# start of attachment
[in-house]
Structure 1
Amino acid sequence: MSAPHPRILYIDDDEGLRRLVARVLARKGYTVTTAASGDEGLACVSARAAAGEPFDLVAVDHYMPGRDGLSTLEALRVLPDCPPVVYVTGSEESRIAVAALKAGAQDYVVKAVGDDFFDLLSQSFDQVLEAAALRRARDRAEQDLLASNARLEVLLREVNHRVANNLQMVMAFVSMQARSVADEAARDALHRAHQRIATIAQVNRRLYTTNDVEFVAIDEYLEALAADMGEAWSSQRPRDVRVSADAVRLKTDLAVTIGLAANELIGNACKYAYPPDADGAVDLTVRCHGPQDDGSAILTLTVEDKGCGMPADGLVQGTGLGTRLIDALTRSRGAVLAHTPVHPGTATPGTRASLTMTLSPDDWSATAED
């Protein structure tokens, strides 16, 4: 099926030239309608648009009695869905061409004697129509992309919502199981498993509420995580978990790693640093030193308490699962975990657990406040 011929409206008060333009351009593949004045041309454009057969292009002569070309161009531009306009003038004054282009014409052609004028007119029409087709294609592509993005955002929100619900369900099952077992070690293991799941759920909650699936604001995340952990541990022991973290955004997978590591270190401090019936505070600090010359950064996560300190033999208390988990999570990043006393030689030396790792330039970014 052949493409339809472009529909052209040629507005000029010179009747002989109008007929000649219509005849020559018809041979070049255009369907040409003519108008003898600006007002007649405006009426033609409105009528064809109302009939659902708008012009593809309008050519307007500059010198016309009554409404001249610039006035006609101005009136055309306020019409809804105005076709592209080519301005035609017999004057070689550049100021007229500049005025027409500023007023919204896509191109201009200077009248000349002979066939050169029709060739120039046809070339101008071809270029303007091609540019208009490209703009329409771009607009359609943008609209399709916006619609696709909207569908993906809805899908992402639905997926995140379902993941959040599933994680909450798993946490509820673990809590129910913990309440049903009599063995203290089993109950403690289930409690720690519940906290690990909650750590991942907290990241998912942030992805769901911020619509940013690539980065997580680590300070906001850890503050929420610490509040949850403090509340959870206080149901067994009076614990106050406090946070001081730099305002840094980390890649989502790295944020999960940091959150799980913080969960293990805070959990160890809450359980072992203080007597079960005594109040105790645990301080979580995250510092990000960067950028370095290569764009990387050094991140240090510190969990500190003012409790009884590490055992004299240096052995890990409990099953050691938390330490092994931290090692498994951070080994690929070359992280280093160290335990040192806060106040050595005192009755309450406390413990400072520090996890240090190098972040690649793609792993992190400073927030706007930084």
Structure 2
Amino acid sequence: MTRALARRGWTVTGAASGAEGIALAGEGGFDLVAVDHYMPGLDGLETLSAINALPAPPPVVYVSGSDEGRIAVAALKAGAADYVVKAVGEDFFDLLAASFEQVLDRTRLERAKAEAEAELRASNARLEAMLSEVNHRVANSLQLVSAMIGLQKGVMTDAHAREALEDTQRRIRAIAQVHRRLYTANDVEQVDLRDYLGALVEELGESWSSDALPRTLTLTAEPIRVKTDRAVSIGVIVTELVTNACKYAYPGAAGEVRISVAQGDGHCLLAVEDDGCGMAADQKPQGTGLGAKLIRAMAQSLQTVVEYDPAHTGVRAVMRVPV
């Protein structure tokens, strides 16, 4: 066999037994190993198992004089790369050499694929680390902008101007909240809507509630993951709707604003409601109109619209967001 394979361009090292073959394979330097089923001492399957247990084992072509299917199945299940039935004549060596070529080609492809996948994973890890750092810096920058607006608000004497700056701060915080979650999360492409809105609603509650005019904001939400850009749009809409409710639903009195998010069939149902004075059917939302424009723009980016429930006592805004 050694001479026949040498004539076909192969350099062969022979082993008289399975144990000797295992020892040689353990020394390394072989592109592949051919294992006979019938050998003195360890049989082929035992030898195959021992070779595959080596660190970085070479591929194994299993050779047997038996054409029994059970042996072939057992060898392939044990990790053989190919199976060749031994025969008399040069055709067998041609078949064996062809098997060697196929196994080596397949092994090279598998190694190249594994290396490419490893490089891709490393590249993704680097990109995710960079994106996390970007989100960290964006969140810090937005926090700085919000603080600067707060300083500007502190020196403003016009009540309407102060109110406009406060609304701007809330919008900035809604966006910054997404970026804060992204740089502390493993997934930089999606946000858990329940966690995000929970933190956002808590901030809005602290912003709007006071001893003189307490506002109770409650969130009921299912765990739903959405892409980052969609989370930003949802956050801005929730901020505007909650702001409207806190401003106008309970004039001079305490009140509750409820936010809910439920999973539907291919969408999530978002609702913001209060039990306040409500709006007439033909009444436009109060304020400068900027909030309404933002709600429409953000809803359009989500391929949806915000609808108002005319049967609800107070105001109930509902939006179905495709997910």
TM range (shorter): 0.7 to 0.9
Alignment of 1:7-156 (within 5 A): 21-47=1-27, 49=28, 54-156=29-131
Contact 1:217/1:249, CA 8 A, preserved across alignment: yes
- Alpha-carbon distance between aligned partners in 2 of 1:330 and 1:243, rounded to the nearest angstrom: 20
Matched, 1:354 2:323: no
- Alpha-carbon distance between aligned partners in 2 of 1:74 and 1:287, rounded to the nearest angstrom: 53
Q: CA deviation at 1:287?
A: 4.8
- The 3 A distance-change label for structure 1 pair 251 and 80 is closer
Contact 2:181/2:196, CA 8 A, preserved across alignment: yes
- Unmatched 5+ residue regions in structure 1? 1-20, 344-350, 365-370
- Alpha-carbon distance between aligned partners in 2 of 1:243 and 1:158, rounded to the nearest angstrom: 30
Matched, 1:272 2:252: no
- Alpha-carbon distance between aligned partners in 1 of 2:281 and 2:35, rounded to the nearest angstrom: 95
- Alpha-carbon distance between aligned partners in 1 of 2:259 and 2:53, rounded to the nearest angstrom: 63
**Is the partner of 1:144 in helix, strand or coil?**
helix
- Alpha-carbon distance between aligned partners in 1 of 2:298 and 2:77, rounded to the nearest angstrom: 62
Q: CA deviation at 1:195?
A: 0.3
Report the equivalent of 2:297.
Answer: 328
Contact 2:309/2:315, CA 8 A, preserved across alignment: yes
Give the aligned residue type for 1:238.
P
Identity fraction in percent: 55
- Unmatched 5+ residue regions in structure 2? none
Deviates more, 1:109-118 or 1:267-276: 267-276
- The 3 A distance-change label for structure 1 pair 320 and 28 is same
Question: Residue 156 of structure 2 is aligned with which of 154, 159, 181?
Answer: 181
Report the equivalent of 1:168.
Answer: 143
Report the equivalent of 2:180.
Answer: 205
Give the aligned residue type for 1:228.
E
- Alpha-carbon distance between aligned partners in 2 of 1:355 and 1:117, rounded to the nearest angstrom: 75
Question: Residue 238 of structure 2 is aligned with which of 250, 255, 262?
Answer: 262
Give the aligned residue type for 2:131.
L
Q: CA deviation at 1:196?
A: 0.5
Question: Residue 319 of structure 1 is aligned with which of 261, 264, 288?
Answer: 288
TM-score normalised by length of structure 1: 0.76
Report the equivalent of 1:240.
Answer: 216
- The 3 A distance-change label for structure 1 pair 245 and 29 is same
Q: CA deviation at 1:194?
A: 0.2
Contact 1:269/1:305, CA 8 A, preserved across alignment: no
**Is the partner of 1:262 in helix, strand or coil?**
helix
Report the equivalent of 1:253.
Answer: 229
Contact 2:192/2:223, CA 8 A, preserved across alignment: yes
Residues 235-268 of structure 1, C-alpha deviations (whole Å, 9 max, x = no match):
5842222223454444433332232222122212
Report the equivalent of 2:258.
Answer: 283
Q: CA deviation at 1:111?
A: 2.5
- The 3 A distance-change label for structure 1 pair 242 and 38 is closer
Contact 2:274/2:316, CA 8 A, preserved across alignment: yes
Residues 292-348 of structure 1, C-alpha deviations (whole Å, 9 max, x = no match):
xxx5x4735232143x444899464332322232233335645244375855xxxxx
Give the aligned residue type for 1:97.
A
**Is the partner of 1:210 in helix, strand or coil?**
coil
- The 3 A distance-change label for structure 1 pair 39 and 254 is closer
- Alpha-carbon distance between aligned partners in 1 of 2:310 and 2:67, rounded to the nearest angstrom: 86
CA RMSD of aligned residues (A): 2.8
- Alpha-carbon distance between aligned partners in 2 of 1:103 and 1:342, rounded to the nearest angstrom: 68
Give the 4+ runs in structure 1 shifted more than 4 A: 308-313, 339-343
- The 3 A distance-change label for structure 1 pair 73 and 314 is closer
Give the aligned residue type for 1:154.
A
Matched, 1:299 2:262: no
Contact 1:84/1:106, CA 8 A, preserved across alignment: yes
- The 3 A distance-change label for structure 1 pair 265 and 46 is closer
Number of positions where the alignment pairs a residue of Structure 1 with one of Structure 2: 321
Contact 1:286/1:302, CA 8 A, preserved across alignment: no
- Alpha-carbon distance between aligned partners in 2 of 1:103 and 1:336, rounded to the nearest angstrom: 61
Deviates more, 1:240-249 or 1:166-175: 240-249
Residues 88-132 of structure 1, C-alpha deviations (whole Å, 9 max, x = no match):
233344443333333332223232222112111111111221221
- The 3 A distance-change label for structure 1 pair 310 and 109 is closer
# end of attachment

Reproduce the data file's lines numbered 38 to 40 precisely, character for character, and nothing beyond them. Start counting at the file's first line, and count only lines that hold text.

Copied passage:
Answer: 181
Report the equivalent of 1:168.
Answer: 143